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Best programming environment

Posted: Mon Jan 13, 2014 7:49 pm
by ronaldolsthoorn
Dear pi community,

I have a few questions that you experienced Pi c/c++ programmers can answer about the different programming environment setups that are available:

1. Pi vs PC. Programming natively on the Pi has its lack of performance. Though compiling issues due to the different processors is also a pain when using a pc (windows/linux, whatever). Which is best?

2. What is the best programming environment on the Pi? And what is the best environment on the PC? I've got eclipse running now but that is a pretty broad tool (not specifically meant for c/c++).

3. Last but not least: How do I properly setup ssh for a qemu raspbian emulator running on ubuntu? I have been able to do simple commands with ssh with success, but I have not been able to transfer files to the qemu, so that I can test hello world on it. Is there a clear tutorial on this?

Many thanks in advance

Re: Best programming environment

Posted: Mon Jan 13, 2014 10:03 pm
by Nr90
1. Are you programming for the Pi?
If you're just starting out, the apps you'll write will run fine on the Pi. If you'll be compiling large projects, the extra performance from a regular PC would be nice.

2. QT Creator, code::blocks are complete IDE's. My advice would be to start out with a simple editor and g++. Personal choice would be VIM, but for some people some seem to prefer emacs :mrgreen:

3. Have a look at scp, or set up an ftp server.

Re: Best programming environment

Posted: Wed Jan 15, 2014 5:31 pm
by Noggin01
I'm new to Pi myself having received mine only on this past Monday. I spent hours yesterday trying to figure out how to come up with a solution for programming on my Pi. I eventually settled on using cygwin and crosstools-ng on my Windows laptop. After about an hour of trying to understand the guides on how to set it up, I said, "F it" and rebooted my laptop into Linux.

From there, I started trying to install crosstools-ng, and after about 2 hours of the download not progressing, I said "F it" again and set up a VNC server on my RPi. I connected to the GUI and installed codeblocks and it just worked with very little hassle. Writing in an editor over a Wi-Fi VNC connection could get annoying as rendering was a little on the slow side though.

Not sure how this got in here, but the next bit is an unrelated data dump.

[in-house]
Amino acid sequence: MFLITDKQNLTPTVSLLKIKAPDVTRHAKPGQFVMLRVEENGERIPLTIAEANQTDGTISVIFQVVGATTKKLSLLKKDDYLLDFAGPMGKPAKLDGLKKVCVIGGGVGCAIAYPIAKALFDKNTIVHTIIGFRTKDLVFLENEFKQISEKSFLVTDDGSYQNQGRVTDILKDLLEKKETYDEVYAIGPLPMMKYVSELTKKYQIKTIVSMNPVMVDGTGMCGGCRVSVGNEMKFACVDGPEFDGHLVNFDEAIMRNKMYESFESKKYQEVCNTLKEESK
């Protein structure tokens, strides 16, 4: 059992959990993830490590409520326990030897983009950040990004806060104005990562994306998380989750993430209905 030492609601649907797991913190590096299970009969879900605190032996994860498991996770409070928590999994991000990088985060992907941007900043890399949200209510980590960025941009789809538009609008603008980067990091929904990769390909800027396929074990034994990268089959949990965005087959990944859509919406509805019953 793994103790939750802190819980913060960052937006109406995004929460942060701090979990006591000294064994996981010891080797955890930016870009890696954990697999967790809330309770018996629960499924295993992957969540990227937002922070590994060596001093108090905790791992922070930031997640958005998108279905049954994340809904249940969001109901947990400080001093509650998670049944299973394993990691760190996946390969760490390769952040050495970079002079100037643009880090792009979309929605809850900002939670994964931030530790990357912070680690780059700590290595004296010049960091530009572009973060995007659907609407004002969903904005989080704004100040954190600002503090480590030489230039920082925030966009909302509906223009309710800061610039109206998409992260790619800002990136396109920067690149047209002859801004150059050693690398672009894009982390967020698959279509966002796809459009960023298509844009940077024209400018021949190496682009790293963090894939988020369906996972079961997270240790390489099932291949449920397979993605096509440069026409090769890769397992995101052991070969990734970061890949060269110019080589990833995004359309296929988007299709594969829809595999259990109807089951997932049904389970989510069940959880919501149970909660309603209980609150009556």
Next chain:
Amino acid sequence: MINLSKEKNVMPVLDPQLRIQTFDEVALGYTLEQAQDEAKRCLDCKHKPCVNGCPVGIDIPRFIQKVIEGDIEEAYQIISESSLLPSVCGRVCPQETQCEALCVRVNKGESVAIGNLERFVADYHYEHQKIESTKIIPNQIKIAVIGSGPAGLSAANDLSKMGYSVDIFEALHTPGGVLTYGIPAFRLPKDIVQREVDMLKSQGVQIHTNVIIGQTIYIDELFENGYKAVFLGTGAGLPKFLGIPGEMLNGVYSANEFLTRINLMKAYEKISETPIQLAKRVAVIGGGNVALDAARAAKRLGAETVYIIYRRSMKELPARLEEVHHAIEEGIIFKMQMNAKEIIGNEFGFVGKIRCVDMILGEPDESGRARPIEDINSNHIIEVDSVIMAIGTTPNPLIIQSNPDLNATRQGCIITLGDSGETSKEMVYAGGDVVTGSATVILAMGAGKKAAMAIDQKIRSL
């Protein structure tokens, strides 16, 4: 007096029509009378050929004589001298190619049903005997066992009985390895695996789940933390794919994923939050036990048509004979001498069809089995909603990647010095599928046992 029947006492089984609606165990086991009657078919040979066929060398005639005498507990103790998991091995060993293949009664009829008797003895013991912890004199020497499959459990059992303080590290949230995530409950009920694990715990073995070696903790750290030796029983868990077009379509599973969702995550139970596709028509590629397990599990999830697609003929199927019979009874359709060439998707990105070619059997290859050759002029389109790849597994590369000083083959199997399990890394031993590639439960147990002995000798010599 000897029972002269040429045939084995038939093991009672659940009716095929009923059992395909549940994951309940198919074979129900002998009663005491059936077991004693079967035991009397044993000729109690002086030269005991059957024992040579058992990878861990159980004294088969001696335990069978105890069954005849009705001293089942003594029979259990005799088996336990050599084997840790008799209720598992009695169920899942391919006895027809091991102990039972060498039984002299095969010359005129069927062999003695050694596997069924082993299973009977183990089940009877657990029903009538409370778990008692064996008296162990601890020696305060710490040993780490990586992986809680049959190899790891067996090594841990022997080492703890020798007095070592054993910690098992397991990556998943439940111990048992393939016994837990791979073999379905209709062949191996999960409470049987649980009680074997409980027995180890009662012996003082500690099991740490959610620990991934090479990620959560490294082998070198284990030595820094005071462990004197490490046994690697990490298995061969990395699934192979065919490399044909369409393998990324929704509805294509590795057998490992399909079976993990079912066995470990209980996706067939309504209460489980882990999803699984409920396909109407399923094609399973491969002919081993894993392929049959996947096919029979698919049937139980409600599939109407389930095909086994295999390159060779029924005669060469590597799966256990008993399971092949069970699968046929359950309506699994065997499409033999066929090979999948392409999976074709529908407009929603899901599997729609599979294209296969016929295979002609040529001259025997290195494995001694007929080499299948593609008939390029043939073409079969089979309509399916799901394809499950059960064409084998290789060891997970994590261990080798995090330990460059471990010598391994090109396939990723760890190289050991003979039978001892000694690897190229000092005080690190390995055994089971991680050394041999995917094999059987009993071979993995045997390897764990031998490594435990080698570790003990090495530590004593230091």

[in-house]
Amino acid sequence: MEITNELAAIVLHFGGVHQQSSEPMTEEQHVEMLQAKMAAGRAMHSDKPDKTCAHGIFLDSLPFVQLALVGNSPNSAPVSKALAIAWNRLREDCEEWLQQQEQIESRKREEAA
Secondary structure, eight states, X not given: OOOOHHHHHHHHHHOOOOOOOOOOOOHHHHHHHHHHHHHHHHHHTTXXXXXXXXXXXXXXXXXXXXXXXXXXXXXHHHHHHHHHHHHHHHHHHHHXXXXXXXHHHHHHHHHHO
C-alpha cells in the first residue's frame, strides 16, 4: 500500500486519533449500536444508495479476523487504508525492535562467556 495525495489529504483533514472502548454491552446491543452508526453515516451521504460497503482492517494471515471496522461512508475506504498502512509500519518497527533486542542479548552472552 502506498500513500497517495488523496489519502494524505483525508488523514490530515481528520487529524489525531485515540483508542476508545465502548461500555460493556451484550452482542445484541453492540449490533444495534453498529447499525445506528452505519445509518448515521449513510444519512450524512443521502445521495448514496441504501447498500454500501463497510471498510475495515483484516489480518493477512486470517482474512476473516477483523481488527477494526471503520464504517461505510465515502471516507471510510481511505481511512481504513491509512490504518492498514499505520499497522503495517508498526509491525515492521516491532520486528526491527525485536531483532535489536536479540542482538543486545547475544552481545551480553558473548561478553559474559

I want to compile programs I write on my RPi, not a full kernel or OS image. The RPI can do that just fine.

My plan for my lunch break today is to go home, install Sublime on my laptop, install samba on my RPi, share my RPi project directory with my Windows system, and write my code on Windows and save the files to my RPi. When I'm ready to compile, I'll pull up my VNC client and hit the compile button.

Re: Best programming environment

Posted: Wed Jan 15, 2014 5:48 pm
by ejurgensen
I compile in a qemu raspbian emulator running on Ubuntu. It's a bit faster than doing it on the RPi itself, but not much. Regarding no. 3, you can mount the emulator with sshfs, which makes everything much easier:

sshfs [email protected]:[dir] [mount point] -p 5022

I can't remember if port 5022 is something I set up or if it was standard.

Re: Best programming environment

Posted: Wed Jan 15, 2014 10:10 pm
by frodo
So, and all this hassle is supposed to be more comfortable and more user friendly than just 'slogin -X [email protected] xterm'? :?

Re: Best programming environment

Posted: Fri Jan 17, 2014 6:49 pm
by mthinkcpp
Options for compilation:
1. Compile on the RPi.

2. Cross-compile, install the gcc cross-compiler.

Code: Select all

gcc-arm-none-eabi
This has the best of both worlds, fast compilations and the result runs the the RPi. Copy the resulting executable across using something like scp. Compile using arm-none-eabi-gcc.
Note: This package is only available on Debian testing (jessie) - not on stable.

If you want to use clang instead (like me), install the same package and specify the new target when compiling using clang (-arch armv6).

Re: Best programming environment

Posted: Fri Jan 24, 2014 3:54 am
by cdoty
Using Netbeans through a samba share was super easy. It's a bit slow, but I was able to get my Super Play game engine (http://superplay.info/) compiled and working. Although, it will need some of work to run at full speed.